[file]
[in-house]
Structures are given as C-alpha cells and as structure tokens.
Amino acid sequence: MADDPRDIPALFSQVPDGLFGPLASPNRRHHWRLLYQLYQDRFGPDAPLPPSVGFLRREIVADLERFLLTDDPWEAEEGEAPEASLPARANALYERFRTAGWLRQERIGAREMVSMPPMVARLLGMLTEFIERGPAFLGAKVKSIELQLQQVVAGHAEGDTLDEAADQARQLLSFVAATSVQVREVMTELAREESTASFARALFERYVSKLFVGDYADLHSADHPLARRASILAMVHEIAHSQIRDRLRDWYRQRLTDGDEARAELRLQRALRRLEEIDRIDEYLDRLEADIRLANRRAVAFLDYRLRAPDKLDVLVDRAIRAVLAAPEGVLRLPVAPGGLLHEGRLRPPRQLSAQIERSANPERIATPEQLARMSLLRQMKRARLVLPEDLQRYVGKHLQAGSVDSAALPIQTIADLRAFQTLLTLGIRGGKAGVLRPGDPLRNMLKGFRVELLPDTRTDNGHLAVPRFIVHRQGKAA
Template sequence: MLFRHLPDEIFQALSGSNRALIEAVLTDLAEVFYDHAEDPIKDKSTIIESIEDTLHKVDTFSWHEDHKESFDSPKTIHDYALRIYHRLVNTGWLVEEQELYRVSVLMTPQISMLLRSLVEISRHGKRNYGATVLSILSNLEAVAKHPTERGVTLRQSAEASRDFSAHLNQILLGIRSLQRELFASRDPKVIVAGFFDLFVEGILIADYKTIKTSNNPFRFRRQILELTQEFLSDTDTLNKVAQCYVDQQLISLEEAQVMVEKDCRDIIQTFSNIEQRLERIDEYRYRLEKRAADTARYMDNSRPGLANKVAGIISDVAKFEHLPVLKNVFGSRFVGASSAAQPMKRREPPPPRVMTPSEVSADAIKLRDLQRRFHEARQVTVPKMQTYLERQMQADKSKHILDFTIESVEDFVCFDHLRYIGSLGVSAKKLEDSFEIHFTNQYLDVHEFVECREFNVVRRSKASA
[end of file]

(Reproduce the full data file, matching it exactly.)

[in-house]
Structures are given as C-alpha cells and as structure tokens.
Amino acid sequence: MADDPRDIPALFSQVPDGLFGPLASPNRRHHWRLLYQLYQDRFGPDAPLPPSVGFLRREIVADLERFLLTDDPWEAEEGEAPEASLPARANALYERFRTAGWLRQERIGAREMVSMPPMVARLLGMLTEFIERGPAFLGAKVKSIELQLQQVVAGHAEGDTLDEAADQARQLLSFVAATSVQVREVMTELAREESTASFARALFERYVSKLFVGDYADLHSADHPLARRASILAMVHEIAHSQIRDRLRDWYRQRLTDGDEARAELRLQRALRRLEEIDRIDEYLDRLEADIRLANRRAVAFLDYRLRAPDKLDVLVDRAIRAVLAAPEGVLRLPVAPGGLLHEGRLRPPRQLSAQIERSANPERIATPEQLARMSLLRQMKRARLVLPEDLQRYVGKHLQAGSVDSAALPIQTIADLRAFQTLLTLGIRGGKAGVLRPGDPLRNMLKGFRVELLPDTRTDNGHLAVPRFIVHRQGKAA
Template sequence: MLFRHLPDEIFQALSGSNRALIEAVLTDLAEVFYDHAEDPIKDKSTIIESIEDTLHKVDTFSWHEDHKESFDSPKTIHDYALRIYHRLVNTGWLVEEQELYRVSVLMTPQISMLLRSLVEISRHGKRNYGATVLSILSNLEAVAKHPTERGVTLRQSAEASRDFSAHLNQILLGIRSLQRELFASRDPKVIVAGFFDLFVEGILIADYKTIKTSNNPFRFRRQILELTQEFLSDTDTLNKVAQCYVDQQLISLEEAQVMVEKDCRDIIQTFSNIEQRLERIDEYRYRLEKRAADTARYMDNSRPGLANKVAGIISDVAKFEHLPVLKNVFGSRFVGASSAAQPMKRREPPPPRVMTPSEVSADAIKLRDLQRRFHEARQVTVPKMQTYLERQMQADKSKHILDFTIESVEDFVCFDHLRYIGSLGVSAKKLEDSFEIHFTNQYLDVHEFVECREFNVVRRSKASA